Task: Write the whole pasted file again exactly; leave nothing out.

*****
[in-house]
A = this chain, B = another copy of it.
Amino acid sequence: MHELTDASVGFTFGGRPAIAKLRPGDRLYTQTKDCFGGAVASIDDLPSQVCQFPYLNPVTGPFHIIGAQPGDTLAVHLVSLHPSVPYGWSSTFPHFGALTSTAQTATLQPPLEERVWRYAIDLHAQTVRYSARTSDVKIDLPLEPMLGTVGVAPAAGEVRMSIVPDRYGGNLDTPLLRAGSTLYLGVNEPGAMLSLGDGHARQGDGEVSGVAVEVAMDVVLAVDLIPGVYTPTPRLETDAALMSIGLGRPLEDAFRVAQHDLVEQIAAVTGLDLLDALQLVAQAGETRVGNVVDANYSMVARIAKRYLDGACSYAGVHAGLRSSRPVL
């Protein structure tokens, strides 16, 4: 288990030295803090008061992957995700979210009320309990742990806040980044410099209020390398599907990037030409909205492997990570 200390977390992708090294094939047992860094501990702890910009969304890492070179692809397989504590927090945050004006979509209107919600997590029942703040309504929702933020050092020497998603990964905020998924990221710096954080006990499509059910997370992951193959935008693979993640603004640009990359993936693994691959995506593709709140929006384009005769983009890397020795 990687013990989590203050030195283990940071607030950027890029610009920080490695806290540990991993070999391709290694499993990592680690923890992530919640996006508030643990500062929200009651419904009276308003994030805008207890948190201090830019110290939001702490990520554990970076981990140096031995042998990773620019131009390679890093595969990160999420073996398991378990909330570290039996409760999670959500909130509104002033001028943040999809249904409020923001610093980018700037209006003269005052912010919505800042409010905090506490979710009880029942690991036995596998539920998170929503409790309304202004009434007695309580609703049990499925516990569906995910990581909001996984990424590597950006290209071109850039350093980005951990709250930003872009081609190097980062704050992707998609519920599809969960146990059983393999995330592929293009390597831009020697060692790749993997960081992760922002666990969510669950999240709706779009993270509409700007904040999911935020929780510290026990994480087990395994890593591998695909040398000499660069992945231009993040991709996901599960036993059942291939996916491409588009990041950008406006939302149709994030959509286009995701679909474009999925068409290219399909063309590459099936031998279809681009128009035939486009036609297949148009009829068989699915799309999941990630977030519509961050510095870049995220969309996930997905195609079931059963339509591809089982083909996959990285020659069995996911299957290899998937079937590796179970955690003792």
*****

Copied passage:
[in-house]
A = this chain, B = another copy of it.
Amino acid sequence: MHELTDASVGFTFGGRPAIAKLRPGDRLYTQTKDCFGGAVASIDDLPSQVCQFPYLNPVTGPFHIIGAQPGDTLAVHLVSLHPSVPYGWSSTFPHFGALTSTAQTATLQPPLEERVWRYAIDLHAQTVRYSARTSDVKIDLPLEPMLGTVGVAPAAGEVRMSIVPDRYGGNLDTPLLRAGSTLYLGVNEPGAMLSLGDGHARQGDGEVSGVAVEVAMDVVLAVDLIPGVYTPTPRLETDAALMSIGLGRPLEDAFRVAQHDLVEQIAAVTGLDLLDALQLVAQAGETRVGNVVDANYSMVARIAKRYLDGACSYAGVHAGLRSSRPVL
């Protein structure tokens, strides 16, 4: 288990030295803090008061992957995700979210009320309990742990806040980044410099209020390398599907990037030409909205492997990570 200390977390992708090294094939047992860094501990702890910009969304890492070179692809397989504590927090945050004006979509209107919600997590029942703040309504929702933020050092020497998603990964905020998924990221710096954080006990499509059910997370992951193959935008693979993640603004640009990359993936693994691959995506593709709140929006384009005769983009890397020795 990687013990989590203050030195283990940071607030950027890029610009920080490695806290540990991993070999391709290694499993990592680690923890992530919640996006508030643990500062929200009651419904009276308003994030805008207890948190201090830019110290939001702490990520554990970076981990140096031995042998990773620019131009390679890093595969990160999420073996398991378990909330570290039996409760999670959500909130509104002033001028943040999809249904409020923001610093980018700037209006003269005052912010919505800042409010905090506490979710009880029942690991036995596998539920998170929503409790309304202004009434007695309580609703049990499925516990569906995910990581909001996984990424590597950006290209071109850039350093980005951990709250930003872009081609190097980062704050992707998609519920599809969960146990059983393999995330592929293009390597831009020697060692790749993997960081992760922002666990969510669950999240709706779009993270509409700007904040999911935020929780510290026990994480087990395994890593591998695909040398000499660069992945231009993040991709996901599960036993059942291939996916491409588009990041950008406006939302149709994030959509286009995701679909474009999925068409290219399909063309590459099936031998279809681009128009035939486009036609297949148009009829068989699915799309999941990630977030519509961050510095870049995220969309996930997905195609079931059963339509591809089982083909996959990285020659069995996911299957290899998937079937590796179970955690003792």